STANFORD, Calif. -- Josh Nunes is determined not to let the painful end to his Stanford football career be his lasting legacy.
The former starting quarterback retired from the sport Monday after a complete tear of his right chest muscle, ending a collegiate career filled with dramatic highs and devastating injuries.
Nunes' father, Tim, told The Associated Press that his son ruptured his pectoralis major tendon while doing his normal bench press routine during an offseason workout in February. He dropped the weights on his chest -- although the tendon had already ruptured -- and had surgery a few days later to reattach the tendon with screws.
No further damage was caused by dropping the weights other than some bumps and bruises. Nunes is expected to make a full recovery, which can take up to 12 months following surgery, but it's not worth risking an even more serious injury.
"The injury shouldn't have happened, and we're not sure why it happened," Tim Nunes said. "It's not something that could've been prevented. Doctors told us it's rare for quarterbacks. Just a freak accident."
Josh Nunes is finishing his bachelor's degree in management science and engineering. He already has been accepted into the master's program at Stanford for social psychology.
"I don't think you've heard the last of him," his father said.
The odd injury wasn't Nunes' first on The Farm.
In the third practice of training camp in 2011, Nunes dropped back to pass and stepped on running back Andrew Stutz's foot, tore a ligament underneath his right big toe, was in a boot through the first five games, and had a steel plate that was completely rigid in his shoe when he returned to practice. He never played a down.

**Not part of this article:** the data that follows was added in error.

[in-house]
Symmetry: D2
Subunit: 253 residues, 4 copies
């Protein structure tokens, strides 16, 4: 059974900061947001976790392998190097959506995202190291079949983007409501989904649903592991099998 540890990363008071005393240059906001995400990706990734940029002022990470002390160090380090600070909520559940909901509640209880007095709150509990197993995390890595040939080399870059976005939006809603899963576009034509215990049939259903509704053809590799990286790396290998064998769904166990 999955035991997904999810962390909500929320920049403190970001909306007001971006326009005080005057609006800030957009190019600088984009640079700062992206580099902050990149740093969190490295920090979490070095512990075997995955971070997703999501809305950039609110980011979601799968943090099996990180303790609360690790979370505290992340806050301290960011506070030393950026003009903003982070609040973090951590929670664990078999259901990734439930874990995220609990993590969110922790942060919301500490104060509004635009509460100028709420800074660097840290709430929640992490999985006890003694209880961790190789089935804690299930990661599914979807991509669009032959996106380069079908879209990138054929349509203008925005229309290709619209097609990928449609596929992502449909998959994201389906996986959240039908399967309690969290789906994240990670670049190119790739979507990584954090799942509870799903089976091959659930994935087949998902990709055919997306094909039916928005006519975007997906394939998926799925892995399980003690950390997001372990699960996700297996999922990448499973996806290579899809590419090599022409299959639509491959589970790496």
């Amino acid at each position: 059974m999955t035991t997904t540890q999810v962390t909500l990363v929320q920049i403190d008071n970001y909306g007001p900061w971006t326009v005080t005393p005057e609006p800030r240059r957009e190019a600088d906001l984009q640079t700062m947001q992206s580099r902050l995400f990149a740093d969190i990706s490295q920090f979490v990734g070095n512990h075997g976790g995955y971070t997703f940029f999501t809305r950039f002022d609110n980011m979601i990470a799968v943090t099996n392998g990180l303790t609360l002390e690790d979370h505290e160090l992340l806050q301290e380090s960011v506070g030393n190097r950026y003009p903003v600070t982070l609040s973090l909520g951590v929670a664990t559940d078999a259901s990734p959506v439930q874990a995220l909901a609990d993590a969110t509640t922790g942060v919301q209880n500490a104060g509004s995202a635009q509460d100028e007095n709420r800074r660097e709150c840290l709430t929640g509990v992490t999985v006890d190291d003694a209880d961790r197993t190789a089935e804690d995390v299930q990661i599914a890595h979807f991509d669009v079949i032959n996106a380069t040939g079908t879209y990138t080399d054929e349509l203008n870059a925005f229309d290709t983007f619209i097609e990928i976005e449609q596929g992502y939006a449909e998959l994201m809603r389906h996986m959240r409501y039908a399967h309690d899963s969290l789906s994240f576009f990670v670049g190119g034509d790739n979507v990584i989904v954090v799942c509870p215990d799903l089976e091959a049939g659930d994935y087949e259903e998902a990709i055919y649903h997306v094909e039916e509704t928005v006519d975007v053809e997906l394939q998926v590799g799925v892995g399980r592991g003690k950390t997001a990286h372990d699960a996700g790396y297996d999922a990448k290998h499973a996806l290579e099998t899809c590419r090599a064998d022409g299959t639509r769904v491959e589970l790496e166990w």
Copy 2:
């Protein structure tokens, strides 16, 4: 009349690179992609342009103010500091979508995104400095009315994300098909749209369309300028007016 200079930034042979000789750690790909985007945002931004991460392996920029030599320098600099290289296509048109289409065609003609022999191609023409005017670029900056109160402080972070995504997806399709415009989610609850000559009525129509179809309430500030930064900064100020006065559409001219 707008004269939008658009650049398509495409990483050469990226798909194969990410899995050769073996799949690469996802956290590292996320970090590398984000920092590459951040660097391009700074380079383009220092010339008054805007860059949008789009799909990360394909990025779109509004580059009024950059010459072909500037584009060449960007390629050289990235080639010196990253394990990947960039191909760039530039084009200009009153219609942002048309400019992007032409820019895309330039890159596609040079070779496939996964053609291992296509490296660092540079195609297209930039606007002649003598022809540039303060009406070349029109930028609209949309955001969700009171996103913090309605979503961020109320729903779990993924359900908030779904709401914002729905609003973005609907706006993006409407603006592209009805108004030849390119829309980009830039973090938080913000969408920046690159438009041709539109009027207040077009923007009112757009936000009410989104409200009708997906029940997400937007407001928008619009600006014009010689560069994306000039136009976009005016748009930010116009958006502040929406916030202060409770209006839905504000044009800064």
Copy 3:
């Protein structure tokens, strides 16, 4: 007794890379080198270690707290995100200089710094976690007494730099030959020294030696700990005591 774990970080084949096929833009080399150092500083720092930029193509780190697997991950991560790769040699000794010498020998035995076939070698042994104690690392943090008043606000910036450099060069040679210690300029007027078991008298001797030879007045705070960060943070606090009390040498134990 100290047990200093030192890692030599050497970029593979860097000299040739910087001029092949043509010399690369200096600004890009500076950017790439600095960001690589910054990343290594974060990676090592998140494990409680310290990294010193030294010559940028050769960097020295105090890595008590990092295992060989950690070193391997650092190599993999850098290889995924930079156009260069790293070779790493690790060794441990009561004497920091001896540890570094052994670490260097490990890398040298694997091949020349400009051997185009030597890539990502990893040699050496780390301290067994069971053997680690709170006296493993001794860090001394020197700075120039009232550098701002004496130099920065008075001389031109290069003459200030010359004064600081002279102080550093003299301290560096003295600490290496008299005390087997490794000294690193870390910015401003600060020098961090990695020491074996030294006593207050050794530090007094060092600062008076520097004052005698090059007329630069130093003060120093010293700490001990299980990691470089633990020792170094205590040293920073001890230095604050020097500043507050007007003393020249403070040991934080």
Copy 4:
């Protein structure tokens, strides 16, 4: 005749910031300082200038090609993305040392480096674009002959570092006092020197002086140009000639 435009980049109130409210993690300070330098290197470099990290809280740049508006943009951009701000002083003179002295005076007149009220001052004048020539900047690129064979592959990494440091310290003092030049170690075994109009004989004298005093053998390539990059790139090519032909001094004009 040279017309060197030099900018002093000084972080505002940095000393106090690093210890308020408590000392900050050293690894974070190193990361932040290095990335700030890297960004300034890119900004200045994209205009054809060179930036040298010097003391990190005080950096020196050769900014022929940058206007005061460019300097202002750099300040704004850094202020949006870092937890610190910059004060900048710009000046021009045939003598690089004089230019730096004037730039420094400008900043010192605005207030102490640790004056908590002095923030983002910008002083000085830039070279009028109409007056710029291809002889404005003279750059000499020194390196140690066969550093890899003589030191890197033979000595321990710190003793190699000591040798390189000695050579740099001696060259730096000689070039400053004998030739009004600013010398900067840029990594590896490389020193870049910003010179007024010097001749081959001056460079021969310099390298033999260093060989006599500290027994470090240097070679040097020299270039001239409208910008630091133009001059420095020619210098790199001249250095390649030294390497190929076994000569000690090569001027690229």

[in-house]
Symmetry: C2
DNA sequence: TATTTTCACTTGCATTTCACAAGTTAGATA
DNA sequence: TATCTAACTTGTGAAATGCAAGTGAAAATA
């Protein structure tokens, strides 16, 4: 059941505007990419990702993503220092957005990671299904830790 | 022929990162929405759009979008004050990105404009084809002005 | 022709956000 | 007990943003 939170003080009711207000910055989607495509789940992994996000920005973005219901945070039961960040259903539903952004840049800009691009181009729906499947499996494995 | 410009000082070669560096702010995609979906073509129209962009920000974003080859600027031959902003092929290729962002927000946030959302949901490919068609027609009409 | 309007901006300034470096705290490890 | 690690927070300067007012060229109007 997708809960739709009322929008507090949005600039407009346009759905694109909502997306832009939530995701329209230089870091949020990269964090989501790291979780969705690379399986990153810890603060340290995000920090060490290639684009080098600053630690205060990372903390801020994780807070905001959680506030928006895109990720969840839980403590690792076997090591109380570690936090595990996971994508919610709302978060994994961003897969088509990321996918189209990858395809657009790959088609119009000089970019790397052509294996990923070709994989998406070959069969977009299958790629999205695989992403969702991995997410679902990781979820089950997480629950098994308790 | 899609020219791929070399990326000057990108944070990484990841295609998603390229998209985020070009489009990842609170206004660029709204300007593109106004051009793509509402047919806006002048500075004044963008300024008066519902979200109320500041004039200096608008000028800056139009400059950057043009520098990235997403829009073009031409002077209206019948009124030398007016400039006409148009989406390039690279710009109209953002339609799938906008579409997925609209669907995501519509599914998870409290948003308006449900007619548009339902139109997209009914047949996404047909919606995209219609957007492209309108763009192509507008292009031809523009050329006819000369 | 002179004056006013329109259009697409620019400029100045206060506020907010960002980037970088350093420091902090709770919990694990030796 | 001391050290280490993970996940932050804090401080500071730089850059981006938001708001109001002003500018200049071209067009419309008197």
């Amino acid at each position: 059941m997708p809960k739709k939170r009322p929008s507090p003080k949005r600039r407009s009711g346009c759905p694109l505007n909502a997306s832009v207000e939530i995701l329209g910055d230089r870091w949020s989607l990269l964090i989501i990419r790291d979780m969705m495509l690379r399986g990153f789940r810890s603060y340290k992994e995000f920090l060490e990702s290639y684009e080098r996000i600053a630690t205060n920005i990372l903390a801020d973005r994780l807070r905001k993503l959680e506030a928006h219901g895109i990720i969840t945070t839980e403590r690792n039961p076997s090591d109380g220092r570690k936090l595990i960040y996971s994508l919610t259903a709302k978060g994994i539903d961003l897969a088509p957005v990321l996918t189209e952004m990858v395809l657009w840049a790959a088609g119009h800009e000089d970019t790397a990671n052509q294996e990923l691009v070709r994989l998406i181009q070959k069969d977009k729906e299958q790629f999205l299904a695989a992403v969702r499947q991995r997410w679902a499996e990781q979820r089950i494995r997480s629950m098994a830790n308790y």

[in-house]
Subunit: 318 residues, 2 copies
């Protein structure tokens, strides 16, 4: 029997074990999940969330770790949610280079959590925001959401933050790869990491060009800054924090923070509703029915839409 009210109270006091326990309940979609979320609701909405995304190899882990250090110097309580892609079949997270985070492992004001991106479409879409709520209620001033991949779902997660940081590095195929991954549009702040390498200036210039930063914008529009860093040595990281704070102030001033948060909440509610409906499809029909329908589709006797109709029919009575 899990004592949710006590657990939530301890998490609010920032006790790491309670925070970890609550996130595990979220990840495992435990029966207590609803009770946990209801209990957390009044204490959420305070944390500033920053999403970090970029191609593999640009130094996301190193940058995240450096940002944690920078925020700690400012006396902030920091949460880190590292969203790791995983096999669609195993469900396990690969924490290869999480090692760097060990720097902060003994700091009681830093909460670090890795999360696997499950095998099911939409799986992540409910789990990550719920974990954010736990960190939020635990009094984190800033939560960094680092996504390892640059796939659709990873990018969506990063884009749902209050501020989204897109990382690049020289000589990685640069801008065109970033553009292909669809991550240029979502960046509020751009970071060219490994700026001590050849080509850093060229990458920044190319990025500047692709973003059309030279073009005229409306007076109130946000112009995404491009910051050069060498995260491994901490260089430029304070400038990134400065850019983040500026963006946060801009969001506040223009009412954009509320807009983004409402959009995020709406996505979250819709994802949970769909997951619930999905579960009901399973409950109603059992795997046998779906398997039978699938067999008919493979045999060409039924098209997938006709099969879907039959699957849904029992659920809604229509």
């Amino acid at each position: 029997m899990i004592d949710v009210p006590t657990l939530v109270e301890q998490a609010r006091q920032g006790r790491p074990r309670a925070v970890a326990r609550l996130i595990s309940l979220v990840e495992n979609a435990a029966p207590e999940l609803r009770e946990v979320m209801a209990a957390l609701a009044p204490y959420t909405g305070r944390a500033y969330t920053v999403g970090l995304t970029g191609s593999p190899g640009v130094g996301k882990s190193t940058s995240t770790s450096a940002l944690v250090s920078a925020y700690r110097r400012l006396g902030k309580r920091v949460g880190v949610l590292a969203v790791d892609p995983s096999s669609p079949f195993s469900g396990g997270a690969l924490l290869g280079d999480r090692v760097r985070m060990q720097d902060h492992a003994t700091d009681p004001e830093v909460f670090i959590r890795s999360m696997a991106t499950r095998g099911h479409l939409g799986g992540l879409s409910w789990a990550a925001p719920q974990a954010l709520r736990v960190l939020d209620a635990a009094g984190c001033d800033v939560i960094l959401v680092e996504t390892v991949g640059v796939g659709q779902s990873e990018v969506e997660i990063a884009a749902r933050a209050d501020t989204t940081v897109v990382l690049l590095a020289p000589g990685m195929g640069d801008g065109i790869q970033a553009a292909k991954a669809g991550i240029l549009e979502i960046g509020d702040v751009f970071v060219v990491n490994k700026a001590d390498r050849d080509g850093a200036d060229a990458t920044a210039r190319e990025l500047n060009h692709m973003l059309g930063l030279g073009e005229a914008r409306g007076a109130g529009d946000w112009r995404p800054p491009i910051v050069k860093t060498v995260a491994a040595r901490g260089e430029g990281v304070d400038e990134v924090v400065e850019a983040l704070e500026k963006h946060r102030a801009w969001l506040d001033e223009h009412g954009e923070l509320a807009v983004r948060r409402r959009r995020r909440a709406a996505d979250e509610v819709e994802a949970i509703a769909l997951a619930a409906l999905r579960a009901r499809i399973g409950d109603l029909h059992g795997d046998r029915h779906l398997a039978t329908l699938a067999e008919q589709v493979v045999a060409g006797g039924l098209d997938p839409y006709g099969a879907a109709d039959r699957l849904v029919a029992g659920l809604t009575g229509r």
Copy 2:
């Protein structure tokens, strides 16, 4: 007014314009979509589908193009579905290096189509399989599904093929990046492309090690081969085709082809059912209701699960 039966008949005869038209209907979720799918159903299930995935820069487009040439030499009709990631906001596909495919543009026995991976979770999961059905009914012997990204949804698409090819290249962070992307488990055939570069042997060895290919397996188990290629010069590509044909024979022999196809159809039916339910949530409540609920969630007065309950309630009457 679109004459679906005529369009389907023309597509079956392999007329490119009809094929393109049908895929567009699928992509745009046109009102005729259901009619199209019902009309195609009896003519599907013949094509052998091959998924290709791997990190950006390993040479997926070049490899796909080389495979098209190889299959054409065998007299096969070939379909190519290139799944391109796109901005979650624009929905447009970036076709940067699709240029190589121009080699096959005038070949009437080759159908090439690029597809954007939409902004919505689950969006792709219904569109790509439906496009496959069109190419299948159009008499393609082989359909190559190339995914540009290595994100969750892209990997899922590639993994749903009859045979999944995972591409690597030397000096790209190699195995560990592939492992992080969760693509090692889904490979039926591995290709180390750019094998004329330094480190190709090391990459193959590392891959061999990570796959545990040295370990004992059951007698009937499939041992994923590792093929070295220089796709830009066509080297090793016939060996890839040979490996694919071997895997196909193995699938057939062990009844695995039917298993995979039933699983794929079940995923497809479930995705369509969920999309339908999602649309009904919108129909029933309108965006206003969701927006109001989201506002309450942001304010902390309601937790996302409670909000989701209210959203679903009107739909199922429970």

Then, Nunes beat out Brett Nottingham in an eight-month quarterback competition. But he faced near-impossible expectations last season while succeeding record-setting quarterback Andrew Luck, the No. 1 overall draft pick of the Indianapolis Colts last April.
Nunes played spectacularly in the second half to upset then-No. 2 Southern California and rallied the Cardinal from a two-touchdown deficit for a 54-48 overtime win against Arizona, but he struggled for long stretches in close losses at Washington and Notre Dame, with the offense failing to score a touchdown each time.
Kevin Hogan's role increased more each week, starting with Wildcat and read-option packages, then moving into the prototypical sets of Stanford's complicated offense. Finally, after Nunes failed to move the offense on the first two possessions at Pac-12 cellar-dweller Colorado, Hogan entered in relief and never relented -- leading the Cardinal's remarkable run to a Rose Bowl victory over Wisconsin.
Nunes completed 52.8 percent of his passes and threw for 1,643 yards, 10 touchdowns and seven interceptions last season. The junior was likely to be Hogan's backup this season. Freshmen Evan Crower and Dallas Lloyd will compete for the No. 2 spot on depth chart.
Stanford also announced Monday that fullback Geoff Meinken was not going to return for a fifth year of eligibility because of a knee injury.